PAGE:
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‘Popscast: Cereal’ Review: Music and Mystery With the Harvard Pops

4 Stars

"Popscast: Cereal" by the Harvard Pops Orchestra.
"Popscast: Cereal" by the Harvard Pops Orchestra. By Courtesy of the Harvard Pops Orchestra
By Beatrice H. Youd, Contributing Writer

In a creative remote move, the Harvard Pops have produced a new musical mystery podcast called “Popscast: Cereal.” The podcast, released in three installments from March 31 to April 1, invites the listener to step back onto a pre-Covid-19 Harvard campus to follow an amusing mystery following two main characters: Thea, a violin prodigy, and Seth, her trumpet-playing roommate. Thea and Seth embark on a quest to find Thea’s stolen special pre-performance cereal before her solo debut with the Harvard Pops. Thea and Seth’s quest brings them to all kinds of quintessential Harvard locations such as Lamont Library, Adams House, and the cemetery in Harvard Square. Along the way, the duo crosses paths with iconic Harvard figures such as Dean Khurana and Remy the cat.

The podcast’s witty plot is an ode to Harvard traditions, poking fun at social customs like Finals Club initiations and campus stereotypes: “Lamonsters,” for example, are students who become living zombies after studying for nights on end. The podcast’s dialogue is smooth: Eve E. Crompton ‘24 (Thea) and Thomas D. Kaminsky ‘24 (Seth) embrace their roles, delivering lines with gusto.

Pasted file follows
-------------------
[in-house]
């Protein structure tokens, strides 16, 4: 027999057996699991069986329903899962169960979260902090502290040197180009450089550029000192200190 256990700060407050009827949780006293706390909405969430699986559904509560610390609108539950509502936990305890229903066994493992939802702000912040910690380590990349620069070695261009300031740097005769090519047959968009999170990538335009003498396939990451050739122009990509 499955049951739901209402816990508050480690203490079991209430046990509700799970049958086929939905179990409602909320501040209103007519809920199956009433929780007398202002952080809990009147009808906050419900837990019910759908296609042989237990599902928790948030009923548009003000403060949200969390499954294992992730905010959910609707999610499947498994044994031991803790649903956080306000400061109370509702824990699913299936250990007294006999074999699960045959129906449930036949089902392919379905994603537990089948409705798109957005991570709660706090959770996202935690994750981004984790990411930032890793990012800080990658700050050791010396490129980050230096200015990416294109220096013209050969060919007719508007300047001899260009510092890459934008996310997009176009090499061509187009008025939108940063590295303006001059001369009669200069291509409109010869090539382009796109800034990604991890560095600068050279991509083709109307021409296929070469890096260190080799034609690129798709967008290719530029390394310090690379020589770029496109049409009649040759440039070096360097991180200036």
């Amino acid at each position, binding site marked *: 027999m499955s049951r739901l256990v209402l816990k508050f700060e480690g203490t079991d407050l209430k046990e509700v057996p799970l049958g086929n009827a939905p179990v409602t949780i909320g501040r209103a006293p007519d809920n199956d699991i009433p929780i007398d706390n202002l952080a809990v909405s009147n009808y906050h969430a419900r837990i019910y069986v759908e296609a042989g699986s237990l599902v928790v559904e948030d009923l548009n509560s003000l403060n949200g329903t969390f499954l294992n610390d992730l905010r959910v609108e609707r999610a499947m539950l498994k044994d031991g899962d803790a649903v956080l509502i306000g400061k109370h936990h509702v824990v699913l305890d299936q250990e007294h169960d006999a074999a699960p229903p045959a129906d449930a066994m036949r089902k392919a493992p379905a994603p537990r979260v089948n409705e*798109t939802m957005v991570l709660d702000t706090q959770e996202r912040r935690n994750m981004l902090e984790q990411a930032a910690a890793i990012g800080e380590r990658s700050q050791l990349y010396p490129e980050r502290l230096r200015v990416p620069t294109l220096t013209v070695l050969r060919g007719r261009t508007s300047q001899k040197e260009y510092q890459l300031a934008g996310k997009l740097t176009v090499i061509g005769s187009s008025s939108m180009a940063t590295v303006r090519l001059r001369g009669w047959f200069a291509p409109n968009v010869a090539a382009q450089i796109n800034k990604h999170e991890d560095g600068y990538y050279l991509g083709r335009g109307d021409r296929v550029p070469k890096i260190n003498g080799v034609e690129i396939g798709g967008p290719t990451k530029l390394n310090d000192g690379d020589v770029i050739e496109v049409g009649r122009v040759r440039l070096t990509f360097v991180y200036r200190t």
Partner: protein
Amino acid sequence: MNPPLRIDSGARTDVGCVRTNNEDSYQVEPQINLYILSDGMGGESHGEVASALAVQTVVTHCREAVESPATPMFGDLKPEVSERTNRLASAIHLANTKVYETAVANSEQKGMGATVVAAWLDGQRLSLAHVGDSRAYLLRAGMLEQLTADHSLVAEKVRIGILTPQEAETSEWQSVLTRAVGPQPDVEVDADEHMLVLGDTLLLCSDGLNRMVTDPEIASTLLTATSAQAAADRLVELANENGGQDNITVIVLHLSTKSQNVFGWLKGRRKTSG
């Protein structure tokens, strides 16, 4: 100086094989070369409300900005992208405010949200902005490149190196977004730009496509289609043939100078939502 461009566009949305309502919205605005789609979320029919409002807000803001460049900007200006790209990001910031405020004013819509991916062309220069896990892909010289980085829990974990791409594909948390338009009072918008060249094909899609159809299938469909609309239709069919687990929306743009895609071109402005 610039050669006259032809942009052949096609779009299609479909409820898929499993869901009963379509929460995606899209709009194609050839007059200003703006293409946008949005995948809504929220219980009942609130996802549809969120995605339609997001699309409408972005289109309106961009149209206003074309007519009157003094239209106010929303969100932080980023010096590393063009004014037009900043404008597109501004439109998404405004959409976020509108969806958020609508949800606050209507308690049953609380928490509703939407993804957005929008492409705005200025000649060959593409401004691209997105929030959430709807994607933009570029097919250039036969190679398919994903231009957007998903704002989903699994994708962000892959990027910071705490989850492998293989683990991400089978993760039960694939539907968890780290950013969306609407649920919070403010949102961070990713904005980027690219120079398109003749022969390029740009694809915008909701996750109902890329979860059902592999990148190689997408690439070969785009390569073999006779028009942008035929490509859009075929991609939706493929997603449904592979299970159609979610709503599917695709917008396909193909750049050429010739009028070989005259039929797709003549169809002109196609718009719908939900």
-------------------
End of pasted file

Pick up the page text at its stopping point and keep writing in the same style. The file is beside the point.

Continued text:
The quest for Thea’s cereal is paired with skillful arrangements played by the Pops, ranging in style from “The X-Files Theme,” “Thriller,” “Imperial March,” and “Saber Dance.” The last podcast episode features a phenomenal concerto composed by Harvard Pops’ Rachel Guo ‘22 and orchestrated by the music director of the Harvard Pops, Allen G. Feinstein ‘86. The concerto’s soaring solo violin lines transition into two dueling violin parts, performed by Skye G. Park ‘24 and Michael T. Pak ‘23 and supported by tasteful background instrumentation. Throughout the podcast, instrumentation accentuates the story and allows soloists to shine. It maintains a high level of rubato, balance, and dynamic variation, which is an especially laudable task to pull off without recording and practicing in person.

Overall, “Popscast: Cereal” maintains a wonderful balance of satire, plot, and outstanding music, resulting in a series that would make any Harvard student chuckle.

Listen to the Harvard “Popscast” here. Check out its accompanying program here.

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